Factions also help to broaden and diversify the organisation’s appeal. A person who might otherwise find the organisation’s goals unattractive might be persuaded to support a faction within it whose goals are closer to their own. Just as a democratic government is often invigorated by a strong opposition, so having a number of distinct points-of-view with an organisation can energise it and allow it to perform its role more effectively. It is also highly unlikely that any sizeable political organisation is wholly united in purpose, so arguably factions simply represent a way of managing pre-existing differences within the organisation. Parliamentary Opposition is a form of political opposition to a designated government, particularly in a Westminster-based parliamentary system. ...

Examples of Modern Political Factions

Within the United States Parties

The Democratic Leadership Council is an influential non-profit corporation that advocates centrist and neoliberal positions for the United States Democratic Party. ... 21st Century Democrats is a political organization founded by Senator Tom Harkin, commentator Jim Hightower and Congressman Lane Evans to help elect progressive or populist candidates in winning elections. ... The National Federation of Republican Assemblies is an organization which seeks to promote conservative principles and candidates within in the United States Republican Party. ... The term Moral Majority signifies the concept that there are often informal subgroups within many larger nations which pursues a strict moral agenda, usually based upon a deep belief in a religion, such as Christianity, Islam, Judaism, or Hinduism, which is embedded to some extent within the national culture. ...

Within the Australian Labor Party

The Labor Right Faction of the Australian Labor Party (the Right) make up the more economically liberal and socially conservative members of the ALP. The Right claims to represent the social democratic (as opposed to socialist) element within the party. ... The Socialist Left faction of the Australian Labor Party (the Left) is an organised political faction that advocates within the party for traditionally Labor interventionist and socialist economic policies. ...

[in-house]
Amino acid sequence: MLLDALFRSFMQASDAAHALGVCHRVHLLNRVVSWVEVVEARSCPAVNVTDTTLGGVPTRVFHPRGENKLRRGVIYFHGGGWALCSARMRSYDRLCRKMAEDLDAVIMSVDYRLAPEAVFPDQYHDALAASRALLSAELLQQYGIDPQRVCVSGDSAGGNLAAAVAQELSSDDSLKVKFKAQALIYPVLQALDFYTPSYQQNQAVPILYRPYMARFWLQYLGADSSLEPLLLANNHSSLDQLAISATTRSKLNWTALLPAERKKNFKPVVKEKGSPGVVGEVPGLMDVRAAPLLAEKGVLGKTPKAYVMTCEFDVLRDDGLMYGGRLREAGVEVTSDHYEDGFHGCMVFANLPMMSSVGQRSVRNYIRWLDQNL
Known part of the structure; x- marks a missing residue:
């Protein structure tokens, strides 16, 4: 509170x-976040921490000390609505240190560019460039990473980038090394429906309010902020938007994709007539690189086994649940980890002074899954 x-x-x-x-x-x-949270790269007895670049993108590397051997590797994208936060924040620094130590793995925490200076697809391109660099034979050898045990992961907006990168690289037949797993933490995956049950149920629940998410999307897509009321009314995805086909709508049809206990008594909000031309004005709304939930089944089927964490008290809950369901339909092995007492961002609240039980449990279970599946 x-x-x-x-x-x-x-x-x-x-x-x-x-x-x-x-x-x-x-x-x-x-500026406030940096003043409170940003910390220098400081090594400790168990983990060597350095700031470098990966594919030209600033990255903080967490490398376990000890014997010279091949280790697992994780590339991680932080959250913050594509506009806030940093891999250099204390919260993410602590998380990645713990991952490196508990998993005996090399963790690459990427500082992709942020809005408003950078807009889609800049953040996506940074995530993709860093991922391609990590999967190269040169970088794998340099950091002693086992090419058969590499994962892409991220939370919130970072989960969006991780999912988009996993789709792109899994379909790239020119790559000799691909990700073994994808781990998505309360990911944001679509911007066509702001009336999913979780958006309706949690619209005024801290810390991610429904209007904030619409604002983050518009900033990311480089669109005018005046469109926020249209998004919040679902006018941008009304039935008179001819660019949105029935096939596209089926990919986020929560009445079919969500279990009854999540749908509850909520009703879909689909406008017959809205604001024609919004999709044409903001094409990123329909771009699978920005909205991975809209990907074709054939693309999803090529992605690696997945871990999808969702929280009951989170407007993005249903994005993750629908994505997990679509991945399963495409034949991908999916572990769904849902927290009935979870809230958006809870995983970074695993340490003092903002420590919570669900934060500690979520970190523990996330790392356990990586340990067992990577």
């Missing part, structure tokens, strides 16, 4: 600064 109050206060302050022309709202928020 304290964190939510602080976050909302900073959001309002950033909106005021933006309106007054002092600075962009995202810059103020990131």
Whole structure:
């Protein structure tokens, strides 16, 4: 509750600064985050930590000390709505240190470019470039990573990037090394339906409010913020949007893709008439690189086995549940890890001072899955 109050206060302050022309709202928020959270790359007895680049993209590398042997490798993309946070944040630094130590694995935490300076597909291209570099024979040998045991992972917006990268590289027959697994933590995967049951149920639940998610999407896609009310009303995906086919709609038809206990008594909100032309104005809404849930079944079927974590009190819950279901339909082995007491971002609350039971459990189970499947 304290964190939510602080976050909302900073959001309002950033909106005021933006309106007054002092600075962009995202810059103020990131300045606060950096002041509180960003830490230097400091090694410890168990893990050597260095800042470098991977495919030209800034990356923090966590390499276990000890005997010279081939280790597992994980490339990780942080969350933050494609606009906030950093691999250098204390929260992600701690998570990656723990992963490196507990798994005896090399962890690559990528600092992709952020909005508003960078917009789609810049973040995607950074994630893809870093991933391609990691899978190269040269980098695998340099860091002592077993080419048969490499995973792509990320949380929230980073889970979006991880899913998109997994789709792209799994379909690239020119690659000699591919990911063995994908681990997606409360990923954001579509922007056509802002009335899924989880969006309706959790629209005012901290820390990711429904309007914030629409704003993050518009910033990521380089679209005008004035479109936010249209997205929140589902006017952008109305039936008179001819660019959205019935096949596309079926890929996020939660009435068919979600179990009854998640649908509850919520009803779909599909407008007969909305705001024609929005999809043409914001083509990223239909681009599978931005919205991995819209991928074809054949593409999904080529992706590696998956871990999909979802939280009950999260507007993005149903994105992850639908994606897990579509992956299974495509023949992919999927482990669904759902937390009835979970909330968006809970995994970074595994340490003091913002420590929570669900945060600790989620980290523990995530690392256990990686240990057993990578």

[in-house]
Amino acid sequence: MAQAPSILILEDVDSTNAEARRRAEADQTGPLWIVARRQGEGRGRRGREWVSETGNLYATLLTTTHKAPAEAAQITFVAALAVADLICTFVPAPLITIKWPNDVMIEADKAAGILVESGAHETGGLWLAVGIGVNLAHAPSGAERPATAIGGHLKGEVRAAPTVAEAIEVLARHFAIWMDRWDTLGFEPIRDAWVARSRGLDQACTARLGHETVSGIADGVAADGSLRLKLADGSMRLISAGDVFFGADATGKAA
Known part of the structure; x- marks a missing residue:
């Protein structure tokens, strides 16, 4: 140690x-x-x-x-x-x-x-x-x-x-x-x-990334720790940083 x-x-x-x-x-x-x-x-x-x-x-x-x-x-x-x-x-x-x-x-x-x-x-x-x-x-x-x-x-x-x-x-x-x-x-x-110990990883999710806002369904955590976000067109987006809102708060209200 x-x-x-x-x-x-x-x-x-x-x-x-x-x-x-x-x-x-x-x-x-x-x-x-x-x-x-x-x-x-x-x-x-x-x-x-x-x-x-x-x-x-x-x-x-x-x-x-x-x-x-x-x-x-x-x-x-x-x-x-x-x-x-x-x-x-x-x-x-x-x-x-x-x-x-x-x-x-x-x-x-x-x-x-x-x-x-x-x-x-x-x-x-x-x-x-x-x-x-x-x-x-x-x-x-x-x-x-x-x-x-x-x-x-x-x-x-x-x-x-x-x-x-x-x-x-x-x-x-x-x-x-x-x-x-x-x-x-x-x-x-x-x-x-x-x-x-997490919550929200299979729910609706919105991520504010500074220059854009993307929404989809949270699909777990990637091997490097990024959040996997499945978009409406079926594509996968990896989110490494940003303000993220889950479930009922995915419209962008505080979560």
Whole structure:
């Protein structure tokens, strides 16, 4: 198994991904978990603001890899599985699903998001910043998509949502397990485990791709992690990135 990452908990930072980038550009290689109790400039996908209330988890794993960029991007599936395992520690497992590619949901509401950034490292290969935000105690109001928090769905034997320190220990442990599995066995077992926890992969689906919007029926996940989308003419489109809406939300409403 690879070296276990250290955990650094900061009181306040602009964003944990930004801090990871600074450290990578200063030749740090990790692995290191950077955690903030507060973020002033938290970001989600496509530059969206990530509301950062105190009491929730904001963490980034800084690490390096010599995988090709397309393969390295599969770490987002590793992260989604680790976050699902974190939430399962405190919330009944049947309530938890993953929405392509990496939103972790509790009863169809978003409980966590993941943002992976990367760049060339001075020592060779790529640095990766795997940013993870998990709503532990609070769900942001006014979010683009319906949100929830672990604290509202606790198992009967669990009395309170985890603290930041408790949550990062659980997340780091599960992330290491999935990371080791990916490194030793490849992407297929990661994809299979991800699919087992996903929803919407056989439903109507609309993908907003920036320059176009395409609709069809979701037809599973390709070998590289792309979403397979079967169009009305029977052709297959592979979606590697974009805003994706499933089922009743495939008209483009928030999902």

Within Belgian political parties

  • In the former CVP (Flemish Christian democrats; now CD&V), socio-economic interests were known as standen ('social standings', historically also used for feudal estates: nobility, clergy and third), such as the agricultural Boerenbond; similarly in the French-speaking sister party PSC (now CDH, after a merger)

Sources and References

  • Etymology on line
  • Pauly-Wissowa

  Results from FactBites:
Qwika - Political faction (1331 words)
Il uno o il altro senso, politica factional gira tipicamente intorno a personalità, con alcuni individui che svolgono i ruoli chiave: fungendo da magnete per la gente simile, conducendo le attività della fazione e fungendo da voce prominente per gli obiettivi comuni della fazione.
Un clima del conflitto factional intenso può anche motivare gli individui per mettere a fuoco sull'attacco dei loro nemici factional piuttosto che sull'avanzare la più vasta organizzazione.
L'esistenza di un sistema factional permette che i relativi funzionamenti siano più prevedibili e stabili.
Highbeam Encyclopedia - Search Results for Factions (875 words)
Guelph Political faction in medieval Italy, opposed to the Ghibelline.
The two factions were linked to rival families contending for the Holy Roman Empire in the 12th century.
Faction: in the reign of Elizabeth I: Will Saunders examines the diverse and changing interpretations of the Queen's relations with her Councillors.(Talking Points)
  More results at FactBites »